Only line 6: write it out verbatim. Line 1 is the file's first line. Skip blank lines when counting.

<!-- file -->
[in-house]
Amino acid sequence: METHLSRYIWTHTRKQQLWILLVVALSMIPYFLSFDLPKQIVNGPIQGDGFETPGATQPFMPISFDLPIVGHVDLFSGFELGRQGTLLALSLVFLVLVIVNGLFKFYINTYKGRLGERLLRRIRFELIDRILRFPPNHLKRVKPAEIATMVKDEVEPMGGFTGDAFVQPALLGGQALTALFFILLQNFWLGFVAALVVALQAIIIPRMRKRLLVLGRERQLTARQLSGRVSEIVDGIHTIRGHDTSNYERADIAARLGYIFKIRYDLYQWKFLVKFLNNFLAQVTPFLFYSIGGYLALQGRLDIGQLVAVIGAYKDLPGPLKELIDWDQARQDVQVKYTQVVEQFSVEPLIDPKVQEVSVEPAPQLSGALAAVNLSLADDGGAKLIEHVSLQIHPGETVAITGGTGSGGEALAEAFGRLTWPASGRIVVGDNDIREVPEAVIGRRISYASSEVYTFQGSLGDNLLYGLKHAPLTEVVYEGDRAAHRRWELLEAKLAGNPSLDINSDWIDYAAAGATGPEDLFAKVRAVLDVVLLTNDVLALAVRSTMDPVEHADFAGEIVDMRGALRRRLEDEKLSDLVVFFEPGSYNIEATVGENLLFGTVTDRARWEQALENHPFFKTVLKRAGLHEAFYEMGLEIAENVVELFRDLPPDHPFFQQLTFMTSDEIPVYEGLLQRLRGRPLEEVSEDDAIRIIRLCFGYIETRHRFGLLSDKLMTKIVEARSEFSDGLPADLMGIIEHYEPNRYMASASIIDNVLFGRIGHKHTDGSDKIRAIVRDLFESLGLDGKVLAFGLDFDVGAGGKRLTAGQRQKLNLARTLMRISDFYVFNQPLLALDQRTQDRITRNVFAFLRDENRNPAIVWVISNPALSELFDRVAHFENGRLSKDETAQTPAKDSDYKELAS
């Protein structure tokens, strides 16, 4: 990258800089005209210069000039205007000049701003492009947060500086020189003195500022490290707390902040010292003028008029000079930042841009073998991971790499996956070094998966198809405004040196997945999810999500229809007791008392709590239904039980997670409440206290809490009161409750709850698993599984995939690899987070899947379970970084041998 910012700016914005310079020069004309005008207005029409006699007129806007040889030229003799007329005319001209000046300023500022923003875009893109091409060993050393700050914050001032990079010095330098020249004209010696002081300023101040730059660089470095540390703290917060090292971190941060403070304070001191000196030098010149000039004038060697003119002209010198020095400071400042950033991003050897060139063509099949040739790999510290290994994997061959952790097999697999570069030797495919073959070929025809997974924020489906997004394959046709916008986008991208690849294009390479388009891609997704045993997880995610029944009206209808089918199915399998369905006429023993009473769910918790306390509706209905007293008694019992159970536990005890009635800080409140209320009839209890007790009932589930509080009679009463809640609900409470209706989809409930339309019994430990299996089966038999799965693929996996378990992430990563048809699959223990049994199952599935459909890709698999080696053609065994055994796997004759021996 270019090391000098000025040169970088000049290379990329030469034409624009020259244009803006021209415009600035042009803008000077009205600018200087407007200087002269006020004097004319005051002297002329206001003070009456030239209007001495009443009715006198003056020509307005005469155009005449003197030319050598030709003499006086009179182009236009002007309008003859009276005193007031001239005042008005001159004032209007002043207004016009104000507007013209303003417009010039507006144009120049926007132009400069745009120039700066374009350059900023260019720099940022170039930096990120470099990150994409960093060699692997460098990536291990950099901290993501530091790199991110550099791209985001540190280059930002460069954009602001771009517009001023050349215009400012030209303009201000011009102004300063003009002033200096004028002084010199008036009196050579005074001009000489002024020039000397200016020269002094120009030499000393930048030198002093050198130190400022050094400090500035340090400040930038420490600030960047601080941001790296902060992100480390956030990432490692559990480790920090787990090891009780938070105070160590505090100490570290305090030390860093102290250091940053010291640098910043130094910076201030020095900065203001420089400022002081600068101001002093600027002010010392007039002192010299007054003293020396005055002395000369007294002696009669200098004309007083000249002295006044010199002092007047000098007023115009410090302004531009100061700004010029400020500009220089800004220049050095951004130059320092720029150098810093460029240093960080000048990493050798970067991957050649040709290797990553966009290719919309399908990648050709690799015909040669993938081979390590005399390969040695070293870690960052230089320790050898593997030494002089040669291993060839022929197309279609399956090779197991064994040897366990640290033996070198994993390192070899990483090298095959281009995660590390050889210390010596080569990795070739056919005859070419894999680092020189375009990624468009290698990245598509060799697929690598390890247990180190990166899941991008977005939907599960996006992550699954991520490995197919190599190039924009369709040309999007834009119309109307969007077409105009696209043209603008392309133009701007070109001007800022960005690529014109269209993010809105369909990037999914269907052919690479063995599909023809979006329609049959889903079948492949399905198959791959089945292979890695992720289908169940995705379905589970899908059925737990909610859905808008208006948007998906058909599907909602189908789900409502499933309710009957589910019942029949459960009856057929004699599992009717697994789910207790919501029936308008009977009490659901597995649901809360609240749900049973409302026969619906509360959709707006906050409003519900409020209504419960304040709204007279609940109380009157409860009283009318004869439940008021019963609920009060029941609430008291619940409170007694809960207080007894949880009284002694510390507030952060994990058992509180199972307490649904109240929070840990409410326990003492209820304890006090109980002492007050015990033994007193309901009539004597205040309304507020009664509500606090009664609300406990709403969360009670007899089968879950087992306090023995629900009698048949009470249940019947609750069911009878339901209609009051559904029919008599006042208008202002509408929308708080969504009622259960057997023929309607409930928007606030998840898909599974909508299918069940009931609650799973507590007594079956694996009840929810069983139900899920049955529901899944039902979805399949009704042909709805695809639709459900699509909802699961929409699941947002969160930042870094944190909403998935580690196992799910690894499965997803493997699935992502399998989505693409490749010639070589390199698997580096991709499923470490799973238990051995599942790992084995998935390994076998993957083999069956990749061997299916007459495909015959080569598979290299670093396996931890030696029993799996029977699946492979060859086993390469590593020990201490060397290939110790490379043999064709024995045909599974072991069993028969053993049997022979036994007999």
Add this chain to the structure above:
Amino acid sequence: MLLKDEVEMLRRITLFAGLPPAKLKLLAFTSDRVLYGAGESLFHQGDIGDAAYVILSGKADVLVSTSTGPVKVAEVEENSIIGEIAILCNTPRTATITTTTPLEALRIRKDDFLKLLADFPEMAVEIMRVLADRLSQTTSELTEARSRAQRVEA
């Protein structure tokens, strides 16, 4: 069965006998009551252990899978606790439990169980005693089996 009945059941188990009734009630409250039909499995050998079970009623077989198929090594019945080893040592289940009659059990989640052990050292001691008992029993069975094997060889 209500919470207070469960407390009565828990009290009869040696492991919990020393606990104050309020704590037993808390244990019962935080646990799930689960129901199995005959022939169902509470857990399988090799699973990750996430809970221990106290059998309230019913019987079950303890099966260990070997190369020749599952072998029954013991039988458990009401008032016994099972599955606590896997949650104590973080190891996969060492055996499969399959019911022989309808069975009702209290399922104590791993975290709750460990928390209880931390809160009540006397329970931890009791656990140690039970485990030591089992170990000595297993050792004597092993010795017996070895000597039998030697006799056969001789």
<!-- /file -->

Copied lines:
């Protein structure tokens, strides 16, 4: 069965006998009551252990899978606790439990169980005693089996 009945059941188990009734009630409250039909499995050998079970009623077989198929090594019945080893040592289940009659059990989640052990050292001691008992029993069975094997060889 209500919470207070469960407390009565828990009290009869040696492991919990020393606990104050309020704590037993808390244990019962935080646990799930689960129901199995005959022939169902509470857990399988090799699973990750996430809970221990106290059998309230019913019987079950303890099966260990070997190369020749599952072998029954013991039988458990009401008032016994099972599955606590896997949650104590973080190891996969060492055996499969399959019911022989309808069975009702209290399922104590791993975290709750460990928390209880931390809160009540006397329970931890009791656990140690039970485990030591089992170990000595297993050792004597092993010795017996070895000597039998030697006799056969001789």